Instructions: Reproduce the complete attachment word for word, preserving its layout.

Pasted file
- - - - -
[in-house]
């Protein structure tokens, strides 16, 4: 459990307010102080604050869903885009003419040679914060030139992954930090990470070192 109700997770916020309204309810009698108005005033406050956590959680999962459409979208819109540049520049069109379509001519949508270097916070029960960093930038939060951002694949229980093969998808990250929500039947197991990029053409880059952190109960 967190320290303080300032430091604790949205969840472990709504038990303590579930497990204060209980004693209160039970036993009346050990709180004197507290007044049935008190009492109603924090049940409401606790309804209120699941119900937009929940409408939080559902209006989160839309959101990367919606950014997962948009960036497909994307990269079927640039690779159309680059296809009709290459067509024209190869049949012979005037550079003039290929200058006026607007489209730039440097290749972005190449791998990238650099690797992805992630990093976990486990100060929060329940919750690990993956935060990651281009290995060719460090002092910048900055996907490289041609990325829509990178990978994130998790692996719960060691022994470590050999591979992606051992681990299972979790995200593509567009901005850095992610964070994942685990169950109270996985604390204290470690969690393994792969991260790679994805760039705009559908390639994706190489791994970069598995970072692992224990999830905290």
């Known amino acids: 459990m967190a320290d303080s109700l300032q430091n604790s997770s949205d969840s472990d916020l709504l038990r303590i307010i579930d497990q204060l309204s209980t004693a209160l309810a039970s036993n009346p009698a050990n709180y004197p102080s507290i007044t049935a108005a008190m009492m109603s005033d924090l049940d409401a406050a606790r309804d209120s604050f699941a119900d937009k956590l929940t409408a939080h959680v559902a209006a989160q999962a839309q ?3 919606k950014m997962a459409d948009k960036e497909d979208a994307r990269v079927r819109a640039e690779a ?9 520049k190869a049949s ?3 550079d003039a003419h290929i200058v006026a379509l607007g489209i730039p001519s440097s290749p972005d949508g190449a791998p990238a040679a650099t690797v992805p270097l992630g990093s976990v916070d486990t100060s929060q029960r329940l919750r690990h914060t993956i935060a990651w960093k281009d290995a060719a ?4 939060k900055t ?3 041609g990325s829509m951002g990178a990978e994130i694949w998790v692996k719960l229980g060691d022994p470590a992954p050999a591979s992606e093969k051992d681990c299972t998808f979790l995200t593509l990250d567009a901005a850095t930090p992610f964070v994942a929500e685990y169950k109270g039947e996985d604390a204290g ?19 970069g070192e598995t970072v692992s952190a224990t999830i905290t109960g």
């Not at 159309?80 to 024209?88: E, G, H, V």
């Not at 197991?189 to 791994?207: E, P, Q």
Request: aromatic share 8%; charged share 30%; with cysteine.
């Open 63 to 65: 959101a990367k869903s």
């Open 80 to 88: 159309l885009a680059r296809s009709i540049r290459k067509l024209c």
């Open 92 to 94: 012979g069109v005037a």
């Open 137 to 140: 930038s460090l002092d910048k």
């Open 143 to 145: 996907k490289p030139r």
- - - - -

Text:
[in-house]
């Protein structure tokens, strides 16, 4: 459990307010102080604050869903885009003419040679914060030139992954930090990470070192 109700997770916020309204309810009698108005005033406050956590959680999962459409979208819109540049520049069109379509001519949508270097916070029960960093930038939060951002694949229980093969998808990250929500039947197991990029053409880059952190109960 967190320290303080300032430091604790949205969840472990709504038990303590579930497990204060209980004693209160039970036993009346050990709180004197507290007044049935008190009492109603924090049940409401606790309804209120699941119900937009929940409408939080559902209006989160839309959101990367919606950014997962948009960036497909994307990269079927640039690779159309680059296809009709290459067509024209190869049949012979005037550079003039290929200058006026607007489209730039440097290749972005190449791998990238650099690797992805992630990093976990486990100060929060329940919750690990993956935060990651281009290995060719460090002092910048900055996907490289041609990325829509990178990978994130998790692996719960060691022994470590050999591979992606051992681990299972979790995200593509567009901005850095992610964070994942685990169950109270996985604390204290470690969690393994792969991260790679994805760039705009559908390639994706190489791994970069598995970072692992224990999830905290």
């Known amino acids: 459990m967190a320290d303080s109700l300032q430091n604790s997770s949205d969840s472990d916020l709504l038990r303590i307010i579930d497990q204060l309204s209980t004693a209160l309810a039970s036993n009346p009698a050990n709180y004197p102080s507290i007044t049935a108005a008190m009492m109603s005033d924090l049940d409401a406050a606790r309804d209120s604050f699941a119900d937009k956590l929940t409408a939080h959680v559902a209006a989160q999962a839309q ?3 919606k950014m997962a459409d948009k960036e497909d979208a994307r990269v079927r819109a640039e690779a ?9 520049k190869a049949s ?3 550079d003039a003419h290929i200058v006026a379509l607007g489209i730039p001519s440097s290749p972005d949508g190449a791998p990238a040679a650099t690797v992805p270097l992630g990093s976990v916070d486990t100060s929060q029960r329940l919750r690990h914060t993956i935060a990651w960093k281009d290995a060719a ?4 939060k900055t ?3 041609g990325s829509m951002g990178a990978e994130i694949w998790v692996k719960l229980g060691d022994p470590a992954p050999a591979s992606e093969k051992d681990c299972t998808f979790l995200t593509l990250d567009a901005a850095t930090p992610f964070v994942a929500e685990y169950k109270g039947e996985d604390a204290g ?19 970069g070192e598995t970072v692992s952190a224990t999830i905290t109960g």
């Not at 159309?80 to 024209?88: E, G, H, V």
């Not at 197991?189 to 791994?207: E, P, Q």
Request: aromatic share 8%; charged share 30%; with cysteine.
């Open 63 to 65: 959101a990367k869903s």
């Open 80 to 88: 159309l885009a680059r296809s009709i540049r290459k067509l024209c």
């Open 92 to 94: 012979g069109v005037a």
């Open 137 to 140: 930038s460090l002092d910048k």
């Open 143 to 145: 996907k490289p030139r």